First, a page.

5. Use the arrow buttons to move the command to the desired position on the toolbar list.
6. Repeat Steps 4 and 5 as necessary.
7. Select the "For all documents (default)" option.
8. Click OK to close.
3
4
5
8
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83
Remove a Command Icon from the Quick Access Toolbar
1. On the Toolbar, right click on the Toolbar icon.
2. Select Remove from the Quick Access Toolbar
CORRECT IRREGULAR LINE SPACING
Problem
Cutting and pasting between documents can upset the line spacing of your document, sometimes leaving
three lines rather than two between paragraphs, as shown in the example.
Remedy
The extra line space cannot be removed
by changing the line spacing to double.
Instead, change the setting as follows:
1. Highlight the text you want to change.
2. From the Home Tab of the Ribbon Bar,
open the Paragraph box.
3. Set the Before and After boxes to 0.
(Line Spacing should already be set at
Double.
4. Click OK to return to document. You
may need to readjust spacing.
1
2
3
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©The Writing Center, Saint Mary's University of Minnesota Schools of Graduate & Professional Programs
Saint Mary's University of Minnesota
Schools of Graduate & Professional Programs
THE WRITING CENTER
The SGPP Writing Center is staffed by three writing professionals, all of whom hold graduate degrees. All are
experienced at teaching research writing and ESL. The Writing Center is located in LaSalle 128 and open Monday
through Friday 10am-9pm and on Saturdays from 10am to 3pm. Call the Writing Center at 612-728-5154 (toll free 1866-437-2788, ext. 154) or email [email protected] The Writing Center is web site is at
www.smumn.edu/tcwrite.
SERVICES
1.
2.
Individual student consultations are designed as dialogues between you and a consultant to address
individual writing issues in the context of the your current paper. Consultations are free.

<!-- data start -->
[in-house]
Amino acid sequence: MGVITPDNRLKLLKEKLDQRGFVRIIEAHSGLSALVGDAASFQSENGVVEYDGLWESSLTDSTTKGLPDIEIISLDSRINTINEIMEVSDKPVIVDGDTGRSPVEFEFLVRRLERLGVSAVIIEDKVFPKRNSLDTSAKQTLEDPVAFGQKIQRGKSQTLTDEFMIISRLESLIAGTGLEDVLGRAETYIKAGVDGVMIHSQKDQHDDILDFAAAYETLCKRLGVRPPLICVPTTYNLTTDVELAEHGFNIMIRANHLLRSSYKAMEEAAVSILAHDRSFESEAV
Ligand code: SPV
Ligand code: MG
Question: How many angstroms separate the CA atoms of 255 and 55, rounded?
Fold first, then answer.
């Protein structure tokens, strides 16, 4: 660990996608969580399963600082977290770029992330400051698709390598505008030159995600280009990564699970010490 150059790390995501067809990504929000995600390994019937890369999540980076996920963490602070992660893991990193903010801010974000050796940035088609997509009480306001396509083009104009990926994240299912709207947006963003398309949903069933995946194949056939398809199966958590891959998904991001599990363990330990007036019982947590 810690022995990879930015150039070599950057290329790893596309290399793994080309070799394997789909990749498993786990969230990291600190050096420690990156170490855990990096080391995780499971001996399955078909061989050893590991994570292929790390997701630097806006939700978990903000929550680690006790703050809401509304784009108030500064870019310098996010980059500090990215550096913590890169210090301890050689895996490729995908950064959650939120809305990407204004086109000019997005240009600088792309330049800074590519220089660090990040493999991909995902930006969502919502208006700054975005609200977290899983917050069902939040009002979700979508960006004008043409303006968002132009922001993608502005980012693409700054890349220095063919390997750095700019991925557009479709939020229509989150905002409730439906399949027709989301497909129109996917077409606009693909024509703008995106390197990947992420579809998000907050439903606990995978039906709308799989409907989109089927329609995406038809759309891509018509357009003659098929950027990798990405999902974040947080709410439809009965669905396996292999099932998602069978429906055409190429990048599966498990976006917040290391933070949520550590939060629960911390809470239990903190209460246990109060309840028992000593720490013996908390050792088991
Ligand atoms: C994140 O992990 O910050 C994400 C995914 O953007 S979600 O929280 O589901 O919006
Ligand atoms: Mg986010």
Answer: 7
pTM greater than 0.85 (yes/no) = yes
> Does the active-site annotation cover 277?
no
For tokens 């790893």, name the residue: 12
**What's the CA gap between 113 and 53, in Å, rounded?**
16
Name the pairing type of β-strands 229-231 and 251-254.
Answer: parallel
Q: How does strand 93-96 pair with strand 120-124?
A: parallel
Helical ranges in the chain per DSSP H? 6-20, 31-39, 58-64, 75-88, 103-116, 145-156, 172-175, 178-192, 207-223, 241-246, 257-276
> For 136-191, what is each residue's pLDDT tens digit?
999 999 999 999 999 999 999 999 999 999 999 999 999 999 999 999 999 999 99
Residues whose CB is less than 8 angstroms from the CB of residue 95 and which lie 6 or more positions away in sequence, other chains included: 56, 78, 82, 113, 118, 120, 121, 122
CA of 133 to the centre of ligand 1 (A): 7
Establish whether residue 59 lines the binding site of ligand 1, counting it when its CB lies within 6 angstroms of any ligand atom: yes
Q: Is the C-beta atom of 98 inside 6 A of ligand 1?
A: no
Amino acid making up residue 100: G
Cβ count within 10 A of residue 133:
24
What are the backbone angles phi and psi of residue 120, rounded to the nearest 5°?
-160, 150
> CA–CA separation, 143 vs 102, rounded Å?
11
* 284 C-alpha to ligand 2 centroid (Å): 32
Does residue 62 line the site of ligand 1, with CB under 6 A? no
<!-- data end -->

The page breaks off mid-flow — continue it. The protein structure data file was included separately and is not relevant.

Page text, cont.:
1.
You can have your consultation in person, by email, or by telephone. Consultations usually require an
appointment. With 24-hour notice, you can make your own appointments from our web site. To make
an appointment with less than 24-hour notice, call or email the Writing Center to arrange an
appointment. Read the Writing Center policies and practices (below) before arranging a consultation.
2.
You are entitled to a maximum of 1 hour per week, 2 hours per paper, as appointments are available. If
you need more time in the Writing Center, we can make arrangements after consultation with your
program director or instructor.
Fee-based student workshops, offered each semester, target the following topics:
1.
2.
3.
4.
5.
6.
7.
SSVC300 Introduction to the Basics of APA Source Citation
SSVC175 Microsoft Word 2007/2010 for APA (PC users)
SSVC160, Microsoft Word 2007/2010 for APA (Mac users)
SSVC235 Punctuation: Just Commas
SSVC 180 PowerPoint
SSVC182 Presenting in Prezi
SSVC200 Resume Writing
These workshops require registration at the Writing Center web site at www.smumn.edu/tcwrite. Workshops last
from 3 to 4 hours. The charge is $50 per workshop or $75 for two workshops in the same semester. Students
who attend workshops receive a current copy of the Writing Center booklet, Introduction to the APA.
NEW!
3.
NEW!
Students who take courses either online or at a location outside Minneapolis can find some of the